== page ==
Working as an employee for another’s business has its perks. You receive a stable wage that is guaranteed to meet national minimum requirements; your taxes are sorted out for you; you become entitled to sick pay, holiday pay and pay during maternity or paternity leave; your job roles are outlined and you know exactly what is expected of you. But then there are the drawbacks: you have to request time off, your working hours are often non-negotiable, you’re tied into contracts to prevent you from leaving if something better comes along. Perhaps worst of all? You spend your life working towards building somebody else’s dream. So, if you’re feeling brave, why not consider going self-employed? This can involve setting up your own company or simply working freelance. Being self-employed gives you so much more freedom over your own life. You are entirely in control of who you work for and when. You can also place your own value on your work, charging what you think is reasonable for your input. It’s not all necessarily plain sailing though. The hardest part of becoming self-employed? Starting out. During your first year, you will have to work extremely hard to get your name out there. People will need to take notice of you before they will take on you as a freelance worker. You will also need to establish yourself as a competitive force within the market or your field of specialism. Your reputation will precede you, so you will have to focus on building up good reviews and recommendations. Unsurprisingly, many people will make a loss in their first year working self-employed. But don’t worry, things usually perk up down the line as you begin to make a name for yourself. It is important, however, that you remember to protect yourself during the rocky first steps by minimizing your personal and professional outgoings. This will tide you over until you start making profits. Here are a few key areas to focus on.
Saving On Essentials
There are certain aspects of living that are essential. You need these things to get by, so they can’t be cut from your budget. However, that’s not to say that you can’t reduce their overall cost. It’s time to reevaluate your essential outgoings and see whether you can make cuts without compromising on the quality of what you’re paying for. First, food shopping. Obviously, we need food to eat. But are branded products really necessary? Often, you will be able to purchase lesser known and cheaper branded goods and not even be able to tell the difference. So, next time you’re out shopping for food, throw your usual shopping list out and try alternative products. Next, car insurance. Chances are that driving makes your life easier, allowing you to get to meetings and appointments easily and on time without the common disruptions of public transport. You don’t necessarily have to scrap your car to save. Instead, check out alternative motor insurance policies. The market is extremely competitive and you could receive the same cover that you receive from your current provider for much cheaper elsewhere. Take a look now; start a quote to save money on your auto insurance policy.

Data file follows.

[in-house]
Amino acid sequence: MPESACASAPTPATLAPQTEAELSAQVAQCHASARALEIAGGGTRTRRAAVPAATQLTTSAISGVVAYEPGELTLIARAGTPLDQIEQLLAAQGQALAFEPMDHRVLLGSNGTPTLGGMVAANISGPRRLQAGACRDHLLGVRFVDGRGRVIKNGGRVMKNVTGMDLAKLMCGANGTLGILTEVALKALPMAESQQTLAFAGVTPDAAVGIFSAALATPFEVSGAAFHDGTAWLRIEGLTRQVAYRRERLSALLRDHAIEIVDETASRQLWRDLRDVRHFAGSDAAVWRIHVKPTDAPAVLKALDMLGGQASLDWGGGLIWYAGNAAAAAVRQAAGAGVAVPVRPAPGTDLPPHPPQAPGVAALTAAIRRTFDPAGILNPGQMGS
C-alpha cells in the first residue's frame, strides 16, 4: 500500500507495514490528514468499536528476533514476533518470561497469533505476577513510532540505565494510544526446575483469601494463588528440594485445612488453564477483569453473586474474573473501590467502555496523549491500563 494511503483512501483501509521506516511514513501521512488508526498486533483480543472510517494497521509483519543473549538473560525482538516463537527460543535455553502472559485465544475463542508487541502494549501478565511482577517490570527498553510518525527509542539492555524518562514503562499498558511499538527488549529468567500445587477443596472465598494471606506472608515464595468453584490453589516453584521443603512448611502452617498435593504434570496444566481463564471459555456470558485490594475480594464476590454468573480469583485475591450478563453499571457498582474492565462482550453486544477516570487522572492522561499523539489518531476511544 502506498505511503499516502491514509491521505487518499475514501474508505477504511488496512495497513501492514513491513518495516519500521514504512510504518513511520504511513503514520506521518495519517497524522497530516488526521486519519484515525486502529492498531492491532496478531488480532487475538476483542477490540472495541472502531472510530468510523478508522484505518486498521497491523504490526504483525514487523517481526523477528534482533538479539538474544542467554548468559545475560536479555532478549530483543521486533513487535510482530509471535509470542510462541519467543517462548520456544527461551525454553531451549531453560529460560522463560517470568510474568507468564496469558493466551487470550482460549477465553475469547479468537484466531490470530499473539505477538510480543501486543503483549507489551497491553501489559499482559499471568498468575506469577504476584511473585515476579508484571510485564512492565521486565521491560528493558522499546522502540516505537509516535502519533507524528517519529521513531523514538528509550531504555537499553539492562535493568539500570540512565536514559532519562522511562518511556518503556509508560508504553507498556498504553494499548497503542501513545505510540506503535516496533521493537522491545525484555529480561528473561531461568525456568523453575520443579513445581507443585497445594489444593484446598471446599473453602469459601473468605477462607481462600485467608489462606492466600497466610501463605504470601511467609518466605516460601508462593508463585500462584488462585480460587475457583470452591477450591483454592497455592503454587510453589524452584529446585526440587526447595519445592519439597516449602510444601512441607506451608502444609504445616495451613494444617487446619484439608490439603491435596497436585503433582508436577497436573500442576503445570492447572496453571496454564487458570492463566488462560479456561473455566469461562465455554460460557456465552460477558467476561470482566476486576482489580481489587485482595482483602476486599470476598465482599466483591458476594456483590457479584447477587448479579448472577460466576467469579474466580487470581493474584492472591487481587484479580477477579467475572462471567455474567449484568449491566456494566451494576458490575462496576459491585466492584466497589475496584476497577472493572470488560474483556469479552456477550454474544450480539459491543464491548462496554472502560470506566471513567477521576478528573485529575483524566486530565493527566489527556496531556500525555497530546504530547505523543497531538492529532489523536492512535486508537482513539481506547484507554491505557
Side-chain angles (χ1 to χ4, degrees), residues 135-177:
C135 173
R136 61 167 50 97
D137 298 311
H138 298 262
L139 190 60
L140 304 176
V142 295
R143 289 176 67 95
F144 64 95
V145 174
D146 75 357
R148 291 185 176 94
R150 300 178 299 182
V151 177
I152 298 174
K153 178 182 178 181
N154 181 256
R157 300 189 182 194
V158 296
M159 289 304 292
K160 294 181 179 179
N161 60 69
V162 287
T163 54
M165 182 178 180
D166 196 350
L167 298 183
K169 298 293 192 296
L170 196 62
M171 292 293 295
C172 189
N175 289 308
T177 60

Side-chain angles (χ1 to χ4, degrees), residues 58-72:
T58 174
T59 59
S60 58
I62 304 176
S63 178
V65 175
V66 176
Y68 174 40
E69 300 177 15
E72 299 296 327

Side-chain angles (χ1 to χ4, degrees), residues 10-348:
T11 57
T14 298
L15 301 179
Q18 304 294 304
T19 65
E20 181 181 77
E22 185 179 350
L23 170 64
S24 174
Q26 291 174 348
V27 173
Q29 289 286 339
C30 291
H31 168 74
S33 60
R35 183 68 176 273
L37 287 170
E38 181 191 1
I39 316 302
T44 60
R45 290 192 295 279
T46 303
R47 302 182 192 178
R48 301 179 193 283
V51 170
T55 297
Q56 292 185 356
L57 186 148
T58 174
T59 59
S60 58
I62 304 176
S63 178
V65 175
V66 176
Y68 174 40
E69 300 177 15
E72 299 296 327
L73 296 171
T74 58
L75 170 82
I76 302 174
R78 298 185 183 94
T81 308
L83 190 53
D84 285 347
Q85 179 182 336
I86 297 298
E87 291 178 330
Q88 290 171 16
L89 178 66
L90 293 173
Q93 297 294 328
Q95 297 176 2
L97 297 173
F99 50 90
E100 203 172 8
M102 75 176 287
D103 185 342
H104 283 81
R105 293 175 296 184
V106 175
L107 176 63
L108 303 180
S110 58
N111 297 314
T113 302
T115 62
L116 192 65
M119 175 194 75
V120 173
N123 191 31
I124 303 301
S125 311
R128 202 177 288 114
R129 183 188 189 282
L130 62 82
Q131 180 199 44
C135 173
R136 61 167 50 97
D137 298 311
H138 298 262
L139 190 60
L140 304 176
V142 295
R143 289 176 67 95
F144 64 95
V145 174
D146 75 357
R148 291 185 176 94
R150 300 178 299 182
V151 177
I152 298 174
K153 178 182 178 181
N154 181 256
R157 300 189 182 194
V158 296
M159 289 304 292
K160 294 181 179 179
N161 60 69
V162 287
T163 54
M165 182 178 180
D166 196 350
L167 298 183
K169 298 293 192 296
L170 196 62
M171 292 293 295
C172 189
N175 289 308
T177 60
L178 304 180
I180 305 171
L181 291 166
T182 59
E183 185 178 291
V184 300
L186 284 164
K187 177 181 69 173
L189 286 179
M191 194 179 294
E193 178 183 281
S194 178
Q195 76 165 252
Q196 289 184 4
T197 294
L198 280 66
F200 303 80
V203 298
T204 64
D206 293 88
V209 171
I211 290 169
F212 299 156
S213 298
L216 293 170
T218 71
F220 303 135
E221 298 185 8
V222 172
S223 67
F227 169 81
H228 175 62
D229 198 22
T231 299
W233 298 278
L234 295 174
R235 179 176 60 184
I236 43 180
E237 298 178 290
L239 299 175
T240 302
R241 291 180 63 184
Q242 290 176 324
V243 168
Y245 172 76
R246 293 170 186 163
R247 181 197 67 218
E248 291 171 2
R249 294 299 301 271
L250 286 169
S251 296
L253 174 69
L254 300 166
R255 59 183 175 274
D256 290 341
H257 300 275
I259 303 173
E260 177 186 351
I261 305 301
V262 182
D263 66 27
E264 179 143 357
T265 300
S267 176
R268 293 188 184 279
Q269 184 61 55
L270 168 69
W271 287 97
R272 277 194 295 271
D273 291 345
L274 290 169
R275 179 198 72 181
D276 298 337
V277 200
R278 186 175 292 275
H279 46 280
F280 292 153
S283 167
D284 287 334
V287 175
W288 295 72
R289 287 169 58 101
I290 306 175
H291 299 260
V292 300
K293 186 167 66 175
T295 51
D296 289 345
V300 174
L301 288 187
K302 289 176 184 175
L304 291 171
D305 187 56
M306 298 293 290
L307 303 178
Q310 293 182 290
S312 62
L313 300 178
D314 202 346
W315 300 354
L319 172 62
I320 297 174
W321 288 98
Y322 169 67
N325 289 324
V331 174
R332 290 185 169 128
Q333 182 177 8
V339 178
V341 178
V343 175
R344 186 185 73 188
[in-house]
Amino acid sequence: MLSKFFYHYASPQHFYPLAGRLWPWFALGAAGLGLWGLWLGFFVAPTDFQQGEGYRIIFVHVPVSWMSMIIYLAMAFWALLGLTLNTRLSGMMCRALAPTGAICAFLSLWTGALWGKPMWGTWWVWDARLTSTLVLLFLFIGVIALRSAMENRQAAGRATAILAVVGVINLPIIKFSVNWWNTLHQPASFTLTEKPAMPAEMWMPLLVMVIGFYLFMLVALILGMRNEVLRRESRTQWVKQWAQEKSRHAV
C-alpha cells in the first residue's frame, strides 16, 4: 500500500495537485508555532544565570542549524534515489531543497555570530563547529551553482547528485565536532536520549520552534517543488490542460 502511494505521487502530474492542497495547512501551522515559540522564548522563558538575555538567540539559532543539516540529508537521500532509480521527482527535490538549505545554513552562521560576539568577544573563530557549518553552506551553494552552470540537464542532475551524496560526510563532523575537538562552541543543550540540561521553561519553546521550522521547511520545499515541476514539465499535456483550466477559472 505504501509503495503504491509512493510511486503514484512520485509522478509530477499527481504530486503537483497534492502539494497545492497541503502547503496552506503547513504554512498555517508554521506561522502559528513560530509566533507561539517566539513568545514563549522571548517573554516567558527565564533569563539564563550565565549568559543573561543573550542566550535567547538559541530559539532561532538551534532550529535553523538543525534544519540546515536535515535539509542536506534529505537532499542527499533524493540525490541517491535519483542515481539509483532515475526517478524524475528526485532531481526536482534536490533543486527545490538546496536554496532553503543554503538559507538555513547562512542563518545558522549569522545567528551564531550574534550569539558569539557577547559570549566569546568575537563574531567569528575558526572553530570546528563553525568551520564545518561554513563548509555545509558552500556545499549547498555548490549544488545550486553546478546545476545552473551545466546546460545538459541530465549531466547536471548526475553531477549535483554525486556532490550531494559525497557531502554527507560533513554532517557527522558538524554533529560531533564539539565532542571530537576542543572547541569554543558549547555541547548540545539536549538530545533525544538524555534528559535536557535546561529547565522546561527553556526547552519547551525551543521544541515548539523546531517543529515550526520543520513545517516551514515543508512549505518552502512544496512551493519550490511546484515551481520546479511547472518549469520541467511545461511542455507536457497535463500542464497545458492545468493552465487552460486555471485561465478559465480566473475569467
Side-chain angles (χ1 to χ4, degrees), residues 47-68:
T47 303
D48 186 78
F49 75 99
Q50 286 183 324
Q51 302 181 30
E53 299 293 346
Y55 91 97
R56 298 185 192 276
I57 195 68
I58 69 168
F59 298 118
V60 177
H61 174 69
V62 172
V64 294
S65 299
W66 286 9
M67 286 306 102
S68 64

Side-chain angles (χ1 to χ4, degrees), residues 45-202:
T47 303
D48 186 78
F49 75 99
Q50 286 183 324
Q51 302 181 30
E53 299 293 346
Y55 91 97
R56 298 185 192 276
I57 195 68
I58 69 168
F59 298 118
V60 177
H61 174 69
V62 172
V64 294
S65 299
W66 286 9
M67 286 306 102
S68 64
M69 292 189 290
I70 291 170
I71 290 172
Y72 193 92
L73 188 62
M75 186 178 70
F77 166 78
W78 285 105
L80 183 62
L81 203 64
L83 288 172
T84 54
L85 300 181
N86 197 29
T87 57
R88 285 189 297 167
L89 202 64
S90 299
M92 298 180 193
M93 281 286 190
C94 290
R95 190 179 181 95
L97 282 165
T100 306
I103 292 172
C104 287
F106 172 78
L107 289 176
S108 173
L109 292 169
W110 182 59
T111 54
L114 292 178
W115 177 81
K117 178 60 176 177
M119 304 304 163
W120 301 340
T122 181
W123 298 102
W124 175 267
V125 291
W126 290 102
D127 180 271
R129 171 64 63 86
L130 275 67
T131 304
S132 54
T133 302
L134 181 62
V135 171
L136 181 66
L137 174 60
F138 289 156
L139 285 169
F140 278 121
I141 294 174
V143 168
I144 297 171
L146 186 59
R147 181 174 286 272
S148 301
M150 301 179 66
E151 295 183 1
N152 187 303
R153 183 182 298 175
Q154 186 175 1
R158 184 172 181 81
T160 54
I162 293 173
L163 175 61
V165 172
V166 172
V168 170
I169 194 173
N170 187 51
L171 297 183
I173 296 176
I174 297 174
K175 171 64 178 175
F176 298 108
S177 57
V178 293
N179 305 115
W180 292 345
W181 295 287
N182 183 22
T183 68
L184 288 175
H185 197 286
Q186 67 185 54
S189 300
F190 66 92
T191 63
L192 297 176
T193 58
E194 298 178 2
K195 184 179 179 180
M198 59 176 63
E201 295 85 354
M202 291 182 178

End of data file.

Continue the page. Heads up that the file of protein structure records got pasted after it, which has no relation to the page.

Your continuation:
While we wouldn’t recommend isolating or ostracizing yourself from your social life, now may be a good time to temporarily cut back on your big weekend spending. You may think that one night out a week doesn’t cost much, but if you total up the cost of meals, taxis, entry fees and drinks over the period of a year, it really does mount up. Use the weekends to focus on expanding and grounding your self-employed career and try to keep big nights out to special occasions. To maintain your social life, consider asking friends round for an in-house dinner date or movie night. This will ensure that you keep on top of your social relations but don’t splurge your cash in the process.
Sometimes it’s true that you have to spend money to make money. This will definitely apply to you as a newly established self-employed individual. You need to get your name out there and the most effective way to do this is by advertising. This can include distributing business cards, leaflets or even putting posters up. But be savvy with your expenditure. Targeted advertising reduces waste and will see you bring in more custom. Identify where your target consumers spend time, then advertise in these areas. They will be more likely to see what you have to offer than if you randomly place advertising materials all over the place.
These are just a few tips to get you started. Always be on the lookout for potential places to cut costs. Not only will this tide you over while you’re starting out, but it’s a good business habit to get into in general.